Thursday, May 10, 2007
Playing "If I Had To Live There"
For lots of years when we'd drive through run-down, depressing neighborhoods, I'd sit in the passenger seat and play the "I Would Never Live There" game. It was simple--I'd just peer at houses with iron bars across the windows and wine bottles, weeds and washing machines in the yard and I'd wrinkle my nose and thank God I lived someplace else--someplace nice.
I didn't learn much while playing that game.
But now I play a different, more challenging version. I call it, "If I Had To Live There." I usually play it while strolling down a street nearby, one which once(a friend told me) was a Guinness Book of World Records winner for the U.S. street with the most bars per capita (or whatever). All these years later it has, oh, maybe 5 bars and lots of old, crumbling (and a couple restored) two or three-story houses.
I take morning walks down that street sometimes and, instead of playing the ol' "I'd Never Live There" game, I imagine that Tom and I have lost our money and must now run a business on the lower level of a certain house on that street. I amble down the sidewalk and in my mind, I choose the colors and types of flowers I'd plant in the front yard (if it has one). I paint the house and its trim in my head and try to arrange our current furniture in the rooms which I'm imagining, as well. I list every advantage to living there that I can--lots of those houses have larger backyards than I currently have, many of them have more square footage and since they're older, some still might have more antique touches and nooks and crannies (the ones which didn't succumb to the almost inevitable 'remuddle,' that is).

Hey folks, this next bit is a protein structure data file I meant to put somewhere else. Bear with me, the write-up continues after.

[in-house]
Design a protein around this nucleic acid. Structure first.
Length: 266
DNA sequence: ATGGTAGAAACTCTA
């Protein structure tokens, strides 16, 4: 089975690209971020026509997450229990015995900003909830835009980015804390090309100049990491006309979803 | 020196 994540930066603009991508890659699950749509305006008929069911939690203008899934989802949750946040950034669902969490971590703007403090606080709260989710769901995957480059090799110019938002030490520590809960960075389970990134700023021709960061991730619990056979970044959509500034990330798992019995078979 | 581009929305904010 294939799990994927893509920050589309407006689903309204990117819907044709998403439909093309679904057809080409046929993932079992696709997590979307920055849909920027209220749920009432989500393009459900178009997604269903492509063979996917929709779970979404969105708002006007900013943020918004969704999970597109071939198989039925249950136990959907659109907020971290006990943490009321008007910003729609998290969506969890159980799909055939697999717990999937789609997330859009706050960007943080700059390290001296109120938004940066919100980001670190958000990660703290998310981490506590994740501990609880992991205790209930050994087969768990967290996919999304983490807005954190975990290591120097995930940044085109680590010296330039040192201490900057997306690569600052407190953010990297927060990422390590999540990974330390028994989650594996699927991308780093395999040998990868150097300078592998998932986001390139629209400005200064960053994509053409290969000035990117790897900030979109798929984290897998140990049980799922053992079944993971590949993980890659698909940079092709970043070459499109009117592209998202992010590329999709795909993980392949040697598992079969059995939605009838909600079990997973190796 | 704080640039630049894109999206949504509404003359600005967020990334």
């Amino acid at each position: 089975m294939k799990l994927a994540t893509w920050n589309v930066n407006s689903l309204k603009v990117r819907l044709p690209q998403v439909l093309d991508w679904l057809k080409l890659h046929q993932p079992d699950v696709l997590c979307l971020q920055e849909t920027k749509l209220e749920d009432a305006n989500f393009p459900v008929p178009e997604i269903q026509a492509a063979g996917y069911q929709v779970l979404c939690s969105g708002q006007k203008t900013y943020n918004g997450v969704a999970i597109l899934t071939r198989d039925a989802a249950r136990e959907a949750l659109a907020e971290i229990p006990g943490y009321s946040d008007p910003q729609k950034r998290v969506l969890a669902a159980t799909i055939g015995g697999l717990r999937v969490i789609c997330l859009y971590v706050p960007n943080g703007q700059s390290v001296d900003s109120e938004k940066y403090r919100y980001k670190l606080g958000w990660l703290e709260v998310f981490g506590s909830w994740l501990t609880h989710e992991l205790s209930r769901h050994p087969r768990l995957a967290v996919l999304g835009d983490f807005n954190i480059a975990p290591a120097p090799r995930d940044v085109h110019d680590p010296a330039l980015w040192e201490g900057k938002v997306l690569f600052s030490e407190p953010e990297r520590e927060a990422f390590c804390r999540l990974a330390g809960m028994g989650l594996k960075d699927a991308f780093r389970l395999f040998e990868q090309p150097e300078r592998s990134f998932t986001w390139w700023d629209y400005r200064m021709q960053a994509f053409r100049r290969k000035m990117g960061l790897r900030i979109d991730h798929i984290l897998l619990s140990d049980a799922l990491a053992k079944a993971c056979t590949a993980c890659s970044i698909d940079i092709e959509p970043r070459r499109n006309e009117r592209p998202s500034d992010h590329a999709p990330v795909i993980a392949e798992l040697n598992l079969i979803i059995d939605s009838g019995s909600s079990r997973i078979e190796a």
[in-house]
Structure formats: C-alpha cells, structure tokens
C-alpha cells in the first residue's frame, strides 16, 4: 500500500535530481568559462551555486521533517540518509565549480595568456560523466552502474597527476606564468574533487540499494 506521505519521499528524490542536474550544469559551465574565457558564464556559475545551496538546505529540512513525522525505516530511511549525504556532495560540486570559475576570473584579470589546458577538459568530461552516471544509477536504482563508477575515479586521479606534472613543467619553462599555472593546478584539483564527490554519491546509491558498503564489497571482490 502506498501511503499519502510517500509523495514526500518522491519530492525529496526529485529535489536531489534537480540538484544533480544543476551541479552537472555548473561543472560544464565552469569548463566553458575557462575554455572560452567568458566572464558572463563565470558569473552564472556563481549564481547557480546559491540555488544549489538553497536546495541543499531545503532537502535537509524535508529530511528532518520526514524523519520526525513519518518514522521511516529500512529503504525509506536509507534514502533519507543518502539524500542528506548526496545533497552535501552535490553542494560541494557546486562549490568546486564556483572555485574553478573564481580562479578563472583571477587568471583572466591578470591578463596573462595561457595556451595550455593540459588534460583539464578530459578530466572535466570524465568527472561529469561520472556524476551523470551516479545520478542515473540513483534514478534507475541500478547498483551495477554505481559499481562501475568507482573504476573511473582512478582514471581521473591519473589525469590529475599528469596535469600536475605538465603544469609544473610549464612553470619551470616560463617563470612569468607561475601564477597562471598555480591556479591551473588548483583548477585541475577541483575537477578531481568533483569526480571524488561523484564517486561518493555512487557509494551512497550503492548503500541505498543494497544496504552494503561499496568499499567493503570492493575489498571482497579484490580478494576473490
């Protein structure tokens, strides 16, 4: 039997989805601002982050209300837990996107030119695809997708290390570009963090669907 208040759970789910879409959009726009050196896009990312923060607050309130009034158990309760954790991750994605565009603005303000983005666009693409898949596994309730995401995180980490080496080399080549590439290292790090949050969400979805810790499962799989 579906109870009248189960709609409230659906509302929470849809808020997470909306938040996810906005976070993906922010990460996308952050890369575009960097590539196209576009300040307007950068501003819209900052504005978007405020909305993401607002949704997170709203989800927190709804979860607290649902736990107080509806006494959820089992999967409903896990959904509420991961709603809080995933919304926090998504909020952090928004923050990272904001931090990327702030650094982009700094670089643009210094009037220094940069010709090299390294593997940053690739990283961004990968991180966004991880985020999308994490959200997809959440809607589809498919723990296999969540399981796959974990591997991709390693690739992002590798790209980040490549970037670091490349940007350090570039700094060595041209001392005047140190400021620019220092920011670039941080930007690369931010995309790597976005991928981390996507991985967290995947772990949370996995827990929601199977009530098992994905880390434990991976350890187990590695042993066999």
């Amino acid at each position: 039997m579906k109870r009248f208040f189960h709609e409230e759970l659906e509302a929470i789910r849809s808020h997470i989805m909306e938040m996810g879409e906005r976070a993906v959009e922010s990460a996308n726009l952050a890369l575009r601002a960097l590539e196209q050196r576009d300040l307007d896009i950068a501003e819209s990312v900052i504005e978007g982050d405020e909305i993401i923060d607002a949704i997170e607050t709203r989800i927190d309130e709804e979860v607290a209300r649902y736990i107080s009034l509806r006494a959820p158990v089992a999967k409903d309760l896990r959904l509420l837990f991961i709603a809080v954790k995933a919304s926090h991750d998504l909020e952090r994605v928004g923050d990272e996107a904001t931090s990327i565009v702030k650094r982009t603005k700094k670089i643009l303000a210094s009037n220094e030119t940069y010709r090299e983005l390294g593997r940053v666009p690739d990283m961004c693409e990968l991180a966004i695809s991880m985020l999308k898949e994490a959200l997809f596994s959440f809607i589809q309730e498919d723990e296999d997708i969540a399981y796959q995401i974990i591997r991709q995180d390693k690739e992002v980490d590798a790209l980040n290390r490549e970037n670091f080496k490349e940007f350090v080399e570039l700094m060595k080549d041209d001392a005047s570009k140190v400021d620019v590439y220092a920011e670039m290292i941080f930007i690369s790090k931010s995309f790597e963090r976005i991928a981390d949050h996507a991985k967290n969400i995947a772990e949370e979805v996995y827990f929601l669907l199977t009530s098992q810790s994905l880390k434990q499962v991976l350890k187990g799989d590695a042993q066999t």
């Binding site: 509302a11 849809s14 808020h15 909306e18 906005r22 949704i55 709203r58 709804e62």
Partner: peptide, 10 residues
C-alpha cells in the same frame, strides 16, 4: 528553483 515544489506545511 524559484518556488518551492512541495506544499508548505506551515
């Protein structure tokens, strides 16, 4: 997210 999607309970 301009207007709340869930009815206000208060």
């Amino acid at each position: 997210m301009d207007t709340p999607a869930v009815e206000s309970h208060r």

...I try to imagine the view outside of lofty, tiny rooms with walls of windows through which one could see miles of blue sky and acres of more decrepit old buildings. And I list ways in which I could carve out a contented, old-fashioned life for Tom and I inside such a house, even if we had little left of what we own now.
I love that game. When it stops raining later today, I just may go traipsing and imagining and practicing down that street, playing the game again, for it's a pleasant challenge and I always step away--hopeful--that I could enjoy creating a cozy home in a not-so-cozy place. If I had to.
Besides, seeing potential wherever I look can become one good habit.